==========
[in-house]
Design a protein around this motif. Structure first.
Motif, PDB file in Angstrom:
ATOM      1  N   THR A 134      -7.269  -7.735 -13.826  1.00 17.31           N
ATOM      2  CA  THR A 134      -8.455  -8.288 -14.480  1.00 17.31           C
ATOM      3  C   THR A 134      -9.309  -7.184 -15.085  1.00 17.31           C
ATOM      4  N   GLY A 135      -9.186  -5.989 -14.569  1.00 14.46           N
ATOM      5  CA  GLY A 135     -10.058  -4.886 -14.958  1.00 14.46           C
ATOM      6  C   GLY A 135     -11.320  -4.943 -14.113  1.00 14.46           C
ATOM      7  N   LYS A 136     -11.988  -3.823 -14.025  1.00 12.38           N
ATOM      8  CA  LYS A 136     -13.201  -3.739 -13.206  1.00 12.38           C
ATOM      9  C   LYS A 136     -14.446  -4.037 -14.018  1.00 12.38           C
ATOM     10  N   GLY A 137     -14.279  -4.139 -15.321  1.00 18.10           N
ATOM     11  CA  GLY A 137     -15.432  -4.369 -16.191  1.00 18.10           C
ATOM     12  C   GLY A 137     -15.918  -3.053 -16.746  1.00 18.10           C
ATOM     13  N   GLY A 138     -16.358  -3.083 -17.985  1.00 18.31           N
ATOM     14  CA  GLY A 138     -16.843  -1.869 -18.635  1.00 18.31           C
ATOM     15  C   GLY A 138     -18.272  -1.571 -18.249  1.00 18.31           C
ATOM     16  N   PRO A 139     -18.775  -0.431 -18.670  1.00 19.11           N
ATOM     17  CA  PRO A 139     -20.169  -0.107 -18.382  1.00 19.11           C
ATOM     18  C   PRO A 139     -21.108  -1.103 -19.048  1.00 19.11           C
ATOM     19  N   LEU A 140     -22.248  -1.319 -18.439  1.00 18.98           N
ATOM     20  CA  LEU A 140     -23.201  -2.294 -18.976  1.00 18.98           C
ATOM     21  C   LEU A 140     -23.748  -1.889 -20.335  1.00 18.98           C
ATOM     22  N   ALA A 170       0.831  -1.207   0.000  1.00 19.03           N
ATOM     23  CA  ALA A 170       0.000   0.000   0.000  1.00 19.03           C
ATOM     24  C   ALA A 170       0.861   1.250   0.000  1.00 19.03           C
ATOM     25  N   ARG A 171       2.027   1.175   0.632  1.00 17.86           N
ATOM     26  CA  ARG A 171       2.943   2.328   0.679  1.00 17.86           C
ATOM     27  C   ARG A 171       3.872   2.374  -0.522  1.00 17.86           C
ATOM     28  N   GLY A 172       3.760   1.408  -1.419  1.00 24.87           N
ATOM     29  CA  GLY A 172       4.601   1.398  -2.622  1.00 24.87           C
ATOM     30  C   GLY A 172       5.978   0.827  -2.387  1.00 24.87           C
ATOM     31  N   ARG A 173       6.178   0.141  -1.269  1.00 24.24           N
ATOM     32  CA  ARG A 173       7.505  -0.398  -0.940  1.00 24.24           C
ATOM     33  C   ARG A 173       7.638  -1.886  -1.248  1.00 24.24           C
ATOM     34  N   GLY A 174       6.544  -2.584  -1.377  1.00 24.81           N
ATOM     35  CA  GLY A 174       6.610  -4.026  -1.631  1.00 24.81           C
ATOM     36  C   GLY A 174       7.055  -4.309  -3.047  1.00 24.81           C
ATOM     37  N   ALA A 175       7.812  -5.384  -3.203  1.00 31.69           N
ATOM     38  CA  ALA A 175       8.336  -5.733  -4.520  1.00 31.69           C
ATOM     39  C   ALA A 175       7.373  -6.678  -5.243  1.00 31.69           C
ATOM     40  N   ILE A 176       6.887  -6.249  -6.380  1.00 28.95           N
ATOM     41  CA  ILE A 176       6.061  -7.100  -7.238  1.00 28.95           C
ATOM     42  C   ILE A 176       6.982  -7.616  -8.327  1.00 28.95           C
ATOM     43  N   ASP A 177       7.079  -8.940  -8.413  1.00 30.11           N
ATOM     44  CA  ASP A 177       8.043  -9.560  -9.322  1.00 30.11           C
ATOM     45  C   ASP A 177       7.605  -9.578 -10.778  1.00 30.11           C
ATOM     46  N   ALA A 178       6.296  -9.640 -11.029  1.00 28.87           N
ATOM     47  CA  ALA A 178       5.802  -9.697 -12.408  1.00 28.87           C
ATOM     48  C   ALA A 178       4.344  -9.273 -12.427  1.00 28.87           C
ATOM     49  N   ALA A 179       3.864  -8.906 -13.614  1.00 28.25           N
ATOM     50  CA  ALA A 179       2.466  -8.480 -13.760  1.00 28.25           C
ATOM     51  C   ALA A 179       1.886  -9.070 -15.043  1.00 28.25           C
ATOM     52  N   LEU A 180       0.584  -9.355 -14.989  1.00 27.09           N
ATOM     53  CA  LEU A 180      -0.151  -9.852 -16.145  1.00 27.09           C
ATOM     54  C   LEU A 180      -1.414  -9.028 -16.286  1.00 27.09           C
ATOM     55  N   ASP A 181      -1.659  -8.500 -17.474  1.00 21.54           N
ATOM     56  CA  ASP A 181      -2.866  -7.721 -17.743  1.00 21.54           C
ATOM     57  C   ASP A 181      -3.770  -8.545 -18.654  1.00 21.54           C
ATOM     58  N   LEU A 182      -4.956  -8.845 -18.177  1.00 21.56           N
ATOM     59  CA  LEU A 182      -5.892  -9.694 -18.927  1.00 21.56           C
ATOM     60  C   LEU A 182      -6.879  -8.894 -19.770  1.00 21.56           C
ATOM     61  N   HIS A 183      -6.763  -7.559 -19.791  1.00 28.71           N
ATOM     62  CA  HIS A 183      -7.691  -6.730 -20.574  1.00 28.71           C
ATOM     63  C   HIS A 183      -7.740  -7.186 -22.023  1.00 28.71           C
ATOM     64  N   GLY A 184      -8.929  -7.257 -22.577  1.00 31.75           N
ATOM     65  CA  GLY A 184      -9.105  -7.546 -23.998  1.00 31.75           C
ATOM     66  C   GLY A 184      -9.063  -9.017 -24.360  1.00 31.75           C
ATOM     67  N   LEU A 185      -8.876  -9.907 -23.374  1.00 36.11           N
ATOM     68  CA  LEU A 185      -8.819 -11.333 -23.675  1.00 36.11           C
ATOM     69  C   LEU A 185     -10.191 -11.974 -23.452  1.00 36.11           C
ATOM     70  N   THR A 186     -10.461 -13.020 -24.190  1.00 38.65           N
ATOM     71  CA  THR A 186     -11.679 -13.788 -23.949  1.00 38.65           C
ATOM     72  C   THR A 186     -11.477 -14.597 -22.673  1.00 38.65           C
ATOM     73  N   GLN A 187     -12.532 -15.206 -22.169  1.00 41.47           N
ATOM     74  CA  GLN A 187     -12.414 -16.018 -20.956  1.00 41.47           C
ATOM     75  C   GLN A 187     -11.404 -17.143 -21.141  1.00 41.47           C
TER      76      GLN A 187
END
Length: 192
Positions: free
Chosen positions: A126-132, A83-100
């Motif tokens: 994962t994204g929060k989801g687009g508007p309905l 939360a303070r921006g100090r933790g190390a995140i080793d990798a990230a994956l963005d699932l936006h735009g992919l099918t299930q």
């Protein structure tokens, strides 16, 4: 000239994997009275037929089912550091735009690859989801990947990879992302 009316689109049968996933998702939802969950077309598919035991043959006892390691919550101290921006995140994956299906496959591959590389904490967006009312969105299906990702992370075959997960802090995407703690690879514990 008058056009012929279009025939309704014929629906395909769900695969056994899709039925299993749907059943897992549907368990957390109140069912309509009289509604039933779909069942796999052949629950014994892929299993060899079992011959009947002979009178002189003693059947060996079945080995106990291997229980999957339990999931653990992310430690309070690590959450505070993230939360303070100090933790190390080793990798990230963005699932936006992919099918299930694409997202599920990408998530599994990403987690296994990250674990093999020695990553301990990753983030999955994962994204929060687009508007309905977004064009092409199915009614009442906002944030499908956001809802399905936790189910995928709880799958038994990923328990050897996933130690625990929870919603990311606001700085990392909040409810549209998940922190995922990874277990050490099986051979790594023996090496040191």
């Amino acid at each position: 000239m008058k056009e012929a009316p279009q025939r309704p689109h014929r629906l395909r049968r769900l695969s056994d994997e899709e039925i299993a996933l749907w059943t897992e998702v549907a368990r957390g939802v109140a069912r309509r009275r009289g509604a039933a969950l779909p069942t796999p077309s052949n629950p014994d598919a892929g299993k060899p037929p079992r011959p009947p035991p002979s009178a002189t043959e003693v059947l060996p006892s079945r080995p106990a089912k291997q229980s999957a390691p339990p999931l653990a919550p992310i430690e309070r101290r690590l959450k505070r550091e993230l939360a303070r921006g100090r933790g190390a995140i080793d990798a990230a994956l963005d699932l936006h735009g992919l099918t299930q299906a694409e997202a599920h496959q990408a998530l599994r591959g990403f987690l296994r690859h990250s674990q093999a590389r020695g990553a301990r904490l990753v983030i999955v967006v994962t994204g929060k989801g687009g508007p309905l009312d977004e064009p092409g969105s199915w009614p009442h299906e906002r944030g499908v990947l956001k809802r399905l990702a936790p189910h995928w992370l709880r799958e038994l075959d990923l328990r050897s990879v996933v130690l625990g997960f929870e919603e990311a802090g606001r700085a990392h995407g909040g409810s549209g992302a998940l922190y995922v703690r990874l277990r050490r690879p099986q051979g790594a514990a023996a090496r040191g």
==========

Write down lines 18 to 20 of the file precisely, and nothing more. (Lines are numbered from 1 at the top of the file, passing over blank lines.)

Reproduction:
ATOM     15  C   GLY A 138     -18.272  -1.571 -18.249  1.00 18.31           C
ATOM     16  N   PRO A 139     -18.775  -0.431 -18.670  1.00 19.11           N
ATOM     17  CA  PRO A 139     -20.169  -0.107 -18.382  1.00 19.11           C